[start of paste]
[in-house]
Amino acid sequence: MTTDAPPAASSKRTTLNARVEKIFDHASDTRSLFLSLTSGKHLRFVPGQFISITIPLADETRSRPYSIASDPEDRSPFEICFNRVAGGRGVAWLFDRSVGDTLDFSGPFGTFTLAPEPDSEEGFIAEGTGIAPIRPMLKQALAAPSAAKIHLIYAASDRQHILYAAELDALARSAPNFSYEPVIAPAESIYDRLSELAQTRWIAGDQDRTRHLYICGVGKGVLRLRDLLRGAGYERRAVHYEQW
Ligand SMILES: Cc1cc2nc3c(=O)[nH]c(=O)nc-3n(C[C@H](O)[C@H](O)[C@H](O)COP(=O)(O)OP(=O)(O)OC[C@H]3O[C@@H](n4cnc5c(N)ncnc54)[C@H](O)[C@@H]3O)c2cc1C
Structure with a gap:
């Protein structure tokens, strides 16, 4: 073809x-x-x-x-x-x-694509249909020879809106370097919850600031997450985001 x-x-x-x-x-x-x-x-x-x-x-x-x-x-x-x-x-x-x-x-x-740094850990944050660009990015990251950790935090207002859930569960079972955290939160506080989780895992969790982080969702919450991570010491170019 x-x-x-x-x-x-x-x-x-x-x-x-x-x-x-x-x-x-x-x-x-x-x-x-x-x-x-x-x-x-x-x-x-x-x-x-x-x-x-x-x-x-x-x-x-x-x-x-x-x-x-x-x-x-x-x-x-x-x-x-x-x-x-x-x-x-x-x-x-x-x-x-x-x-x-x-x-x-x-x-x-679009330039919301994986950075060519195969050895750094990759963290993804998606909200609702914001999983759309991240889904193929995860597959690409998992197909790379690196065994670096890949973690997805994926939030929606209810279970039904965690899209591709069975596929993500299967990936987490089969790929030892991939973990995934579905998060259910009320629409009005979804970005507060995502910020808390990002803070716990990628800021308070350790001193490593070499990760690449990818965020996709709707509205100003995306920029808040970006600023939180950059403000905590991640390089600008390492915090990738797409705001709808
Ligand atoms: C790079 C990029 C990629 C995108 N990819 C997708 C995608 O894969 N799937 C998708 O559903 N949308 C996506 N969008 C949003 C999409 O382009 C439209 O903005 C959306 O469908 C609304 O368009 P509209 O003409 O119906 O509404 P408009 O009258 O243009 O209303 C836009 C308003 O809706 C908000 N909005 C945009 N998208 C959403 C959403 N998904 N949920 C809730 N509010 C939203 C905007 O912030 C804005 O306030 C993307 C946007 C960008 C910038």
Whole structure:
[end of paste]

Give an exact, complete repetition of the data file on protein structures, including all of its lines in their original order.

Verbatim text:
[in-house]
Amino acid sequence: MTTDAPPAASSKRTTLNARVEKIFDHASDTRSLFLSLTSGKHLRFVPGQFISITIPLADETRSRPYSIASDPEDRSPFEICFNRVAGGRGVAWLFDRSVGDTLDFSGPFGTFTLAPEPDSEEGFIAEGTGIAPIRPMLKQALAAPSAAKIHLIYAASDRQHILYAAELDALARSAPNFSYEPVIAPAESIYDRLSELAQTRWIAGDQDRTRHLYICGVGKGVLRLRDLLRGAGYERRAVHYEQW
Ligand SMILES: Cc1cc2nc3c(=O)[nH]c(=O)nc-3n(C[C@H](O)[C@H](O)[C@H](O)COP(=O)(O)OP(=O)(O)OC[C@H]3O[C@@H](n4cnc5c(N)ncnc54)[C@H](O)[C@@H]3O)c2cc1C
Structure with a gap:
């Protein structure tokens, strides 16, 4: 073809x-x-x-x-x-x-694509249909020879809106370097919850600031997450985001 x-x-x-x-x-x-x-x-x-x-x-x-x-x-x-x-x-x-x-x-x-740094850990944050660009990015990251950790935090207002859930569960079972955290939160506080989780895992969790982080969702919450991570010491170019 x-x-x-x-x-x-x-x-x-x-x-x-x-x-x-x-x-x-x-x-x-x-x-x-x-x-x-x-x-x-x-x-x-x-x-x-x-x-x-x-x-x-x-x-x-x-x-x-x-x-x-x-x-x-x-x-x-x-x-x-x-x-x-x-x-x-x-x-x-x-x-x-x-x-x-x-x-x-x-x-x-679009330039919301994986950075060519195969050895750094990759963290993804998606909200609702914001999983759309991240889904193929995860597959690409998992197909790379690196065994670096890949973690997805994926939030929606209810279970039904965690899209591709069975596929993500299967990936987490089969790929030892991939973990995934579905998060259910009320629409009005979804970005507060995502910020808390990002803070716990990628800021308070350790001193490593070499990760690449990818965020996709709707509205100003995306920029808040970006600023939180950059403000905590991640390089600008390492915090990738797409705001709808
Ligand atoms: C790079 C990029 C990629 C995108 N990819 C997708 C995608 O894969 N799937 C998708 O559903 N949308 C996506 N969008 C949003 C999409 O382009 C439209 O903005 C959306 O469908 C609304 O368009 P509209 O003409 O119906 O509404 P408009 O009258 O243009 O209303 C836009 C308003 O809706 C908000 N909005 C945009 N998208 C959403 C959403 N998904 N949920 C809730 N509010 C939203 C905007 O912030 C804005 O306030 C993307 C946007 C960008 C910038």
Whole structure: